Big data against infectious diseases
After abate of the COVID-19 pandemic, a research team from the Max Planck Institute for Infection Biology in Berlin plans to collect extensive mosquito samples in Africa and Latin America and analyze them with a completely new approach.
Mosquitoes are among the most dangerous animals in the world. With one bite, they can infect humans with diseases such as malaria or dengue. But: There are many mosquito species that differ in their habitat and their dangerousness. And at the same time, climate change and global warming are increasingly changing these habitats.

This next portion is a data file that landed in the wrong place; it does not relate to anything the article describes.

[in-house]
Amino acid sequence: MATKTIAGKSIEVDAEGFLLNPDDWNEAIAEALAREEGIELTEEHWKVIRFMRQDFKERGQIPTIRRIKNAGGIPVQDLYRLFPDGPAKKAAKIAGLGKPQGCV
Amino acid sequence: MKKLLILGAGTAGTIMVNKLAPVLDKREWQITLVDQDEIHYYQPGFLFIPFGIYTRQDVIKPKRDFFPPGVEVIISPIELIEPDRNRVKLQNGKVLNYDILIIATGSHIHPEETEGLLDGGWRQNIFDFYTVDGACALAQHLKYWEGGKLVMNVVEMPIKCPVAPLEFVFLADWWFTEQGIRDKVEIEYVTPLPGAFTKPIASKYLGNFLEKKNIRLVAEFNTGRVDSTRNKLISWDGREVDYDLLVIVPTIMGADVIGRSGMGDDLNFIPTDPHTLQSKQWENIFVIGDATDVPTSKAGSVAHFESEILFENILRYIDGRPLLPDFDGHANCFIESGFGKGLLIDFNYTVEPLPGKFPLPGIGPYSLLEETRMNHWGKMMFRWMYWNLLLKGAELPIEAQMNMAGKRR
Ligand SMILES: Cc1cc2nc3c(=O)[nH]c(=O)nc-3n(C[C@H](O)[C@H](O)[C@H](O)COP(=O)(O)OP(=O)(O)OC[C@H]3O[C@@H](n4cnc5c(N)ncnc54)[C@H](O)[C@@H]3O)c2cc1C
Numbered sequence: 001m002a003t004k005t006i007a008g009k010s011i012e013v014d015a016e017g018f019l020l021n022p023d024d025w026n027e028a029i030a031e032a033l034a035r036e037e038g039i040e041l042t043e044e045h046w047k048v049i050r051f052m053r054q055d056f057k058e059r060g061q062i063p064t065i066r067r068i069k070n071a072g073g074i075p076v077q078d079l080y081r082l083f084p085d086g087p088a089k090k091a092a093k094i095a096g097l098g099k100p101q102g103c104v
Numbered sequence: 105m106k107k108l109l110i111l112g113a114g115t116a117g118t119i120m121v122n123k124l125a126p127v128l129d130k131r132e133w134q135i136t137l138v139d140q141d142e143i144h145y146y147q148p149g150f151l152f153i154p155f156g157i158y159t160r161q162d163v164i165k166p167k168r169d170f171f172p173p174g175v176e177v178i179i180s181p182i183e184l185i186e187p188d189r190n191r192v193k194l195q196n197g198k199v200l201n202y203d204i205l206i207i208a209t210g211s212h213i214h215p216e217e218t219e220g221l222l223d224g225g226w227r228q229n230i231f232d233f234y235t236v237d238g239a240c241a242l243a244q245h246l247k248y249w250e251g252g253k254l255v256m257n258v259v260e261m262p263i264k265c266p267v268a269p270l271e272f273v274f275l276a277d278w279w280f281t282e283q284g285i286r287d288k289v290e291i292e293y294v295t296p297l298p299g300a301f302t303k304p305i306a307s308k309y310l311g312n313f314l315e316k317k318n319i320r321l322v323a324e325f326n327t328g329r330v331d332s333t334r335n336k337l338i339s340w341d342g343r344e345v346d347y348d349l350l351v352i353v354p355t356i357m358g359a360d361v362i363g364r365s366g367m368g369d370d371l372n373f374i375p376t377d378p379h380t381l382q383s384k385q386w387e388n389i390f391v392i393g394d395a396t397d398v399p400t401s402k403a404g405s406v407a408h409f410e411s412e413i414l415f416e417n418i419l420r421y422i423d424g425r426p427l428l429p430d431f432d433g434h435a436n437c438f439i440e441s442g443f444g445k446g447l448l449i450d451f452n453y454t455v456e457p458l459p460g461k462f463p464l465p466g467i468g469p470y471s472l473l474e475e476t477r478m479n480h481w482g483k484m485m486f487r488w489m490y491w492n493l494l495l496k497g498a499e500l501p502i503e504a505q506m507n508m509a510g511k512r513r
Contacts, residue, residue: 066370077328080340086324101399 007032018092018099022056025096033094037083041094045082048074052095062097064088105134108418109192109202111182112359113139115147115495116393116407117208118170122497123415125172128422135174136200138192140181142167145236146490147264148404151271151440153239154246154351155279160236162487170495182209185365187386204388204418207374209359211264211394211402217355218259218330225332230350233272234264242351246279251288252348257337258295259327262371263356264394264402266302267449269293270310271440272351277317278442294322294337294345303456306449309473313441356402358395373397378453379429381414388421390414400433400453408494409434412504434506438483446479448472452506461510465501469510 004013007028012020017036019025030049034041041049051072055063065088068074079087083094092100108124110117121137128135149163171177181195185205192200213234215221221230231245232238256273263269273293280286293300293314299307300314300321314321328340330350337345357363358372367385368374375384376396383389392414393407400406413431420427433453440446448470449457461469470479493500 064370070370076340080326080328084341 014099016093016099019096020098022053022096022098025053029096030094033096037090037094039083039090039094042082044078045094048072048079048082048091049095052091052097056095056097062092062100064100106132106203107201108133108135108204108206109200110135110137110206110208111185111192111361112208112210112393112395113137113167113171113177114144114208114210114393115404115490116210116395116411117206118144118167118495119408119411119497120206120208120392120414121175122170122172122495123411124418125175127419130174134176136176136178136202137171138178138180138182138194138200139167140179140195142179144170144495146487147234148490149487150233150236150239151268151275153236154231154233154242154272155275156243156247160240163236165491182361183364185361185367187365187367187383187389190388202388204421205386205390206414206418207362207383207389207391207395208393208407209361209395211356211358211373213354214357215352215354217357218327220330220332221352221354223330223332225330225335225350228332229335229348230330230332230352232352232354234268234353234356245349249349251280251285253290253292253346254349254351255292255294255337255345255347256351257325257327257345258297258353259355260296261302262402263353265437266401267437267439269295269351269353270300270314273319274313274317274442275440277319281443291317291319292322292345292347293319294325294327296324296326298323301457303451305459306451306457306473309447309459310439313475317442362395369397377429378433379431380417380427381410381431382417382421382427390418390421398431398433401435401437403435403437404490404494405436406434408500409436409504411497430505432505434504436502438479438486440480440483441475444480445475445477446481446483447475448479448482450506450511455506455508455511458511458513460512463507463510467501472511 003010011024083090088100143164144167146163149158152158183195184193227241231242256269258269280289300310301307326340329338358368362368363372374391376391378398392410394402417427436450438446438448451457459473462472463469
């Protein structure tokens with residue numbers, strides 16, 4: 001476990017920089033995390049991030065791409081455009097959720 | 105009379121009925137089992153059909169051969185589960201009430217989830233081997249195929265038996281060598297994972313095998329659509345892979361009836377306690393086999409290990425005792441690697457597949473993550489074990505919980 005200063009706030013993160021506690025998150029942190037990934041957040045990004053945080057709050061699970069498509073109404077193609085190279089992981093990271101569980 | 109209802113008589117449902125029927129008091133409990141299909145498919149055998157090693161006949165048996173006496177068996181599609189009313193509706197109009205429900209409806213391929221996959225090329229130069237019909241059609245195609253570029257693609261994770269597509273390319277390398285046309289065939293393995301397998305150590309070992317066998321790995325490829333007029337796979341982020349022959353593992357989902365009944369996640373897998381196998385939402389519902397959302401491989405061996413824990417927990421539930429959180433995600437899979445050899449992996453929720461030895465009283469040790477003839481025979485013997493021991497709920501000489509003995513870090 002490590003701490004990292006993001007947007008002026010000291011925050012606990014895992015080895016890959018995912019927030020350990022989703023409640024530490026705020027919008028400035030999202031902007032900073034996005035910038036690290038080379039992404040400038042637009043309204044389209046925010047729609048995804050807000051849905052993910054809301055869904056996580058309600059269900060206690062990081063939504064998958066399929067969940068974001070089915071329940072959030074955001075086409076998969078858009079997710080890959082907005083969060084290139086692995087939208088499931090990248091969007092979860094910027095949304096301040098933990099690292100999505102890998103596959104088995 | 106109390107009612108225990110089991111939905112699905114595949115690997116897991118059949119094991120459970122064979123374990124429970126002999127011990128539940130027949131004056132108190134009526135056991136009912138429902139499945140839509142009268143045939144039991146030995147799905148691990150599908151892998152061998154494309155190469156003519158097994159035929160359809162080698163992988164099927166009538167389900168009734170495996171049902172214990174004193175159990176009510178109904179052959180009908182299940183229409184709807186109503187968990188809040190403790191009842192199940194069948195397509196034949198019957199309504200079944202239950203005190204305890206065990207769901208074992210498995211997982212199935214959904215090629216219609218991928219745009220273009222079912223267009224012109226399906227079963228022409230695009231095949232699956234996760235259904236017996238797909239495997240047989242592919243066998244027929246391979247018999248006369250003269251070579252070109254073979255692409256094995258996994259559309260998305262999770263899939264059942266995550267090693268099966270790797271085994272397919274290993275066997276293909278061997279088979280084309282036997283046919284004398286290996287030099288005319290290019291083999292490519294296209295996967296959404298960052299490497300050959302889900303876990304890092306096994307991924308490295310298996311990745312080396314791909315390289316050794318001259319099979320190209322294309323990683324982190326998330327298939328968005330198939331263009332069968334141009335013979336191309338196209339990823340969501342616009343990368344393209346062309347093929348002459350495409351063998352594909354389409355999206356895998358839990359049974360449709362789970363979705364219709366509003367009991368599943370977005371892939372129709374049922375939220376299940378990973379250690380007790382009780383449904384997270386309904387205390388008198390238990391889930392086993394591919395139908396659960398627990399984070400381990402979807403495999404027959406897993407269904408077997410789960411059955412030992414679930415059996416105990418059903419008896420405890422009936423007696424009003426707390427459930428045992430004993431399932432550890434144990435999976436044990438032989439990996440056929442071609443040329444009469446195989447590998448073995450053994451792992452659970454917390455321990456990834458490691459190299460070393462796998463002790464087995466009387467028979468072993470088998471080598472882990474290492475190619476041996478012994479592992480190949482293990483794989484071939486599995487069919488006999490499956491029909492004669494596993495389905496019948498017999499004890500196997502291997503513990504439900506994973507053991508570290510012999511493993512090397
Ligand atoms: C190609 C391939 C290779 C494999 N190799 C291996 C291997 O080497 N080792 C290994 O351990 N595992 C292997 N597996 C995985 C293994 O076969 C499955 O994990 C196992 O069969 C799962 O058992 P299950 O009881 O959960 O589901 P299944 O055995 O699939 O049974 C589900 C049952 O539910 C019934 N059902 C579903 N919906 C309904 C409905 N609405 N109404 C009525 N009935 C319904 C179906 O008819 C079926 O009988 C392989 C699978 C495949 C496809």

In this project, extensive mosquito samples in Africa and Latin America will be collected and analyzed. The complex interactions with microorganisms influence and drive the evolution of all living things. Therefore, the climate and weather affect, the composition of the microbial communities in the environment and in the mosquito intestine will be considered, too.
The results of the project will help understand how the gut microbiome in mosquitoes affects the multiplication of malaria parasites: this could help predict and reduce the threat of infectious diseases in our rapidly changing world.
With their donations, the Supporting Members enable an interdisciplinary large-scale project to investigate the connection between climate change, microbes, mosquitoes and infectious diseases.